Levi Strauss & Co. synonymous with the American blue jeans coveted by Soviet youths, says 23,000 pairs of its famous pants aren't going to Moscow if the United States is not sending athletes to the Summer Olympics.

"No U.S. team, no jeans," Levi promotion director John Houck said as American companies with a stake in the Games responded to the Carter administration's declaration that U.S. athletes will not participate in Moscow because the Soviet Union remained in Afghanistan beyond the deadline set by President Carter.

Millions of dollars in advertising and promotional budgets are at stake in the boycott, but most marketing experts say it is too early to measure the monetary impact of the American action.

"We're not prepared to say anything," said Frank Stansbery of the Coca Cola Co. in Atlanta.

Archie Marshall, a speed skater from Great Britain, ought to remember the 1980 Winter Olympics for quite some time.

In the men's 500-meter dash last week, Marshall was disqualified for three false starts. In the next race, he fell. Then, leading his pairing with 50 yards to go in the 1,500 meters yesterday, the Scotsman fell on the same treacherous turn that American Eric Heiden had nearly fallen on.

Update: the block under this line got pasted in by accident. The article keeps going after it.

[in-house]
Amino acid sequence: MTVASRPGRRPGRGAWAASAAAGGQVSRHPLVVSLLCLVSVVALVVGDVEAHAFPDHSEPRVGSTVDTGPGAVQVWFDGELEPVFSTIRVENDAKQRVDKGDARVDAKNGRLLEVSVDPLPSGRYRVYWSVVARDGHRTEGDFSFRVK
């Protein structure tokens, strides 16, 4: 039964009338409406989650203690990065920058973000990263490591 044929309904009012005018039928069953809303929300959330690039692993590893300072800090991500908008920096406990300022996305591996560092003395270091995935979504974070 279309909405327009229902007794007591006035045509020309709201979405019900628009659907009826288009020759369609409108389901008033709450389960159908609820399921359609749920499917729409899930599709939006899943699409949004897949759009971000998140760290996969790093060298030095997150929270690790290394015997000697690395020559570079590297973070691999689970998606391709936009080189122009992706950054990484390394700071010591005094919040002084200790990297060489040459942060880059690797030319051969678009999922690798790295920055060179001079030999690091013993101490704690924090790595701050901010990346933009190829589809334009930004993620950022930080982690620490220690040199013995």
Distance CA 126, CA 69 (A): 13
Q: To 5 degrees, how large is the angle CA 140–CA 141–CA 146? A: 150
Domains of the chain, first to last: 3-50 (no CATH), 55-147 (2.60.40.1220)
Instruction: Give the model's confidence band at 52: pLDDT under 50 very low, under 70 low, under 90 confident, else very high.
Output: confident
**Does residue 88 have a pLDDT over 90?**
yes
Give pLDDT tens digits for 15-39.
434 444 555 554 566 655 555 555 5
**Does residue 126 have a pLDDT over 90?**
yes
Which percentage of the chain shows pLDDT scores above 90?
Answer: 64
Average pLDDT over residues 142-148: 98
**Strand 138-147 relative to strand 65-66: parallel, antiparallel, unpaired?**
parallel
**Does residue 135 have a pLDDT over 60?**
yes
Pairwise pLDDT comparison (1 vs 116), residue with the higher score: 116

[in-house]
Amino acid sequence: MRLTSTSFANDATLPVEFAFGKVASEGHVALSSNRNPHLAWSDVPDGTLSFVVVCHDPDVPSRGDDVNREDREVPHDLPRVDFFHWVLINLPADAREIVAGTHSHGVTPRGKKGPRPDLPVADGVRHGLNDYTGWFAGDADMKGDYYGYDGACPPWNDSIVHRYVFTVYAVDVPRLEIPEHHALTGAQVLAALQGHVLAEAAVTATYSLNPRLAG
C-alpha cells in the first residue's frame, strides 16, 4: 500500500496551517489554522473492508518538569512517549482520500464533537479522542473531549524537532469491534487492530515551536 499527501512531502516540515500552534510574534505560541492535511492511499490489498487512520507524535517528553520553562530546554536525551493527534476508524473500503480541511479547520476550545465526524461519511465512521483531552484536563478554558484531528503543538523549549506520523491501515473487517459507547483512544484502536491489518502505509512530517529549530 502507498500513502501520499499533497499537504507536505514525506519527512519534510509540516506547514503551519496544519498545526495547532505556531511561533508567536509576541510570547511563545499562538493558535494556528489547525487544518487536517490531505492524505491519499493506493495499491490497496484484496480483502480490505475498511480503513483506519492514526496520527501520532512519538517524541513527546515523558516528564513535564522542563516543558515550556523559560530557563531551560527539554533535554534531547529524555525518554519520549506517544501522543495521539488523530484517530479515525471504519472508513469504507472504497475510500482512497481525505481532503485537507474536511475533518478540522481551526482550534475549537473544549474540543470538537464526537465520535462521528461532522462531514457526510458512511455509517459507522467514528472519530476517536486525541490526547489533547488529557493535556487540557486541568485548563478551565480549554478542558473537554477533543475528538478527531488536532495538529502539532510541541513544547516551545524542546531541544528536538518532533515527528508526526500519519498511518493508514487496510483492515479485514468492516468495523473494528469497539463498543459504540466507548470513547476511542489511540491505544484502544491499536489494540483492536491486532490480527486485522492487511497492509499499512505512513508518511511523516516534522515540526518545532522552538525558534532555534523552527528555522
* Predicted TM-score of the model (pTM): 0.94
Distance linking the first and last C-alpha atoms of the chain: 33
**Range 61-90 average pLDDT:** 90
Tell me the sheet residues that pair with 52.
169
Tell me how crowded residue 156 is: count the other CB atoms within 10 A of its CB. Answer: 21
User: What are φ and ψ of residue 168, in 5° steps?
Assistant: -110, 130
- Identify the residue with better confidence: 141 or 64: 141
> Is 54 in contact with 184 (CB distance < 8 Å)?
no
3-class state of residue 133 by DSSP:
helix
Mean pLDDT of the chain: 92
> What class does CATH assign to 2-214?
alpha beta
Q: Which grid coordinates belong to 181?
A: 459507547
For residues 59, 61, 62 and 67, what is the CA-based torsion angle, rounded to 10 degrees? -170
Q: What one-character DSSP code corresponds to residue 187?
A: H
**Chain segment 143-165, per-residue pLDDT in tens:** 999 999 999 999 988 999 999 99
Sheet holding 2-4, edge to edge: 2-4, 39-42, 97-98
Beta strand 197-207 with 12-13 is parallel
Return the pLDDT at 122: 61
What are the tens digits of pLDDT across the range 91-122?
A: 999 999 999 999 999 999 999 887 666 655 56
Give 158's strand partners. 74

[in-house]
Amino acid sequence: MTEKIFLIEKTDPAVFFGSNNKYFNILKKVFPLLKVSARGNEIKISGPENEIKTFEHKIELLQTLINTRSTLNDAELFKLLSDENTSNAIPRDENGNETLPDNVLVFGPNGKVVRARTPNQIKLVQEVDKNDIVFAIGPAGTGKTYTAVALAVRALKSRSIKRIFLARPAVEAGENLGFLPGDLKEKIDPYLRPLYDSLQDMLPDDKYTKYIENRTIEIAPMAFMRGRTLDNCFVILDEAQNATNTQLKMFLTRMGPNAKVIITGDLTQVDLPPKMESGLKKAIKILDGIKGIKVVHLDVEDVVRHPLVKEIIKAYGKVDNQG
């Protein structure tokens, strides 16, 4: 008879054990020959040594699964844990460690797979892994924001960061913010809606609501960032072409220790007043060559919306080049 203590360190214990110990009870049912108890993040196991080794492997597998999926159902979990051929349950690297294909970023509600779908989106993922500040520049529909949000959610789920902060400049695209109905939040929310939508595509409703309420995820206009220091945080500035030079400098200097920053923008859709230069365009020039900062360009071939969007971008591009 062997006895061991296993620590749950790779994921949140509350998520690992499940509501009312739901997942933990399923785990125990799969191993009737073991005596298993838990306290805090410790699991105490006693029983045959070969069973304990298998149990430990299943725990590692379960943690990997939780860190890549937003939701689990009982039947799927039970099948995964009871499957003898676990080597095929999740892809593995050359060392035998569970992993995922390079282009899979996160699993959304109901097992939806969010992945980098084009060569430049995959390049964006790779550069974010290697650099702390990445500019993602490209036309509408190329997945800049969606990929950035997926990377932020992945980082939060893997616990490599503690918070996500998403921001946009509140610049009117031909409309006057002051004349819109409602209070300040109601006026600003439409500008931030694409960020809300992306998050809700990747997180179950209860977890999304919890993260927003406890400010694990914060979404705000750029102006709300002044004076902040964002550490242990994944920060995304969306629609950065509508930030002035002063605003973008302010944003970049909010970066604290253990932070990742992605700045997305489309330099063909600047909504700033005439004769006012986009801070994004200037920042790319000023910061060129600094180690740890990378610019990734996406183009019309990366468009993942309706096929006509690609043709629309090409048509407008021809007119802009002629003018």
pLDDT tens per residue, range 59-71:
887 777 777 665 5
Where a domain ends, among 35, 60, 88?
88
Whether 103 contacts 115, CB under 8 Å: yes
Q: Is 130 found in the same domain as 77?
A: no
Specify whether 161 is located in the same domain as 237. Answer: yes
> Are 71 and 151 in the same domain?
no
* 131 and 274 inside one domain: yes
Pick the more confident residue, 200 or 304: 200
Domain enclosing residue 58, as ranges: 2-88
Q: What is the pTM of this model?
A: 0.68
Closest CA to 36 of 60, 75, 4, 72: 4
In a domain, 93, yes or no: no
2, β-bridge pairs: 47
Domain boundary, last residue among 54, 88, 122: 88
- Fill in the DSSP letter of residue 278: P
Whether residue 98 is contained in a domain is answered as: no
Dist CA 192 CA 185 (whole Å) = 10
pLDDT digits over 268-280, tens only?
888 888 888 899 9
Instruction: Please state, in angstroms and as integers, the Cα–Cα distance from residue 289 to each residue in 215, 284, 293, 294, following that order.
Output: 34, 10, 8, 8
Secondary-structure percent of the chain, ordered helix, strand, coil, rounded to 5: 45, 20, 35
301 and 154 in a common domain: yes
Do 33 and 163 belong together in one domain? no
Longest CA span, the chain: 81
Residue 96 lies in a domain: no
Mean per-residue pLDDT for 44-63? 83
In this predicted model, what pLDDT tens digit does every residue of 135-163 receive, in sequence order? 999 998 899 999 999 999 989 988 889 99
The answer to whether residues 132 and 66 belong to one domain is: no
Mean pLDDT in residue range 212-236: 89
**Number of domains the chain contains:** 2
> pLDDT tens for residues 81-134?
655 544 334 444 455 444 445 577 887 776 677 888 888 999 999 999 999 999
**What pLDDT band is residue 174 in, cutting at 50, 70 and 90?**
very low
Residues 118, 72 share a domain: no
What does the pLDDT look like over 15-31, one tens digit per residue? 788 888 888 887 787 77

Marshall scrambled to his feet and finished the race anyway and received an appreciative round of applause from the gallery.

New York State Police and Secret Service agents have joined forces to hunt for a counterfeiter attending the Games who has passed 14 bogus $20 bills among village merchants.

State Police Investigator William Freeman said the counterfeit currency was a fairly good quality but of inferior texture and weak coloring.

Printed by an offset method and bearing the same serial numbers, they are identical to counterfeits first reported by the Canadian Royal Mounted Police in 1977 and later discovered in two states, Missouri and Washington.

New York state officials agreed to pay part of the cost of rescuing a disastrous bus transportation system, adding to the millions of state dollars already spent on the Winter Games.

The State Department of Transportation and the Lake Placid Olympic Organizing Committee signed a contract to share the estimated $240,000 cost of hiring Greyhound to bring in additional buses and supervise the bus system.

The LPOOC has already put up about $35,000 toward the cost. The state promised to pay $65,000 and to guarantee the remainder which is legally due from Olympic organizers. The state also promised to pay half of the cost of hiring dozens of school buses to augment the transportation system.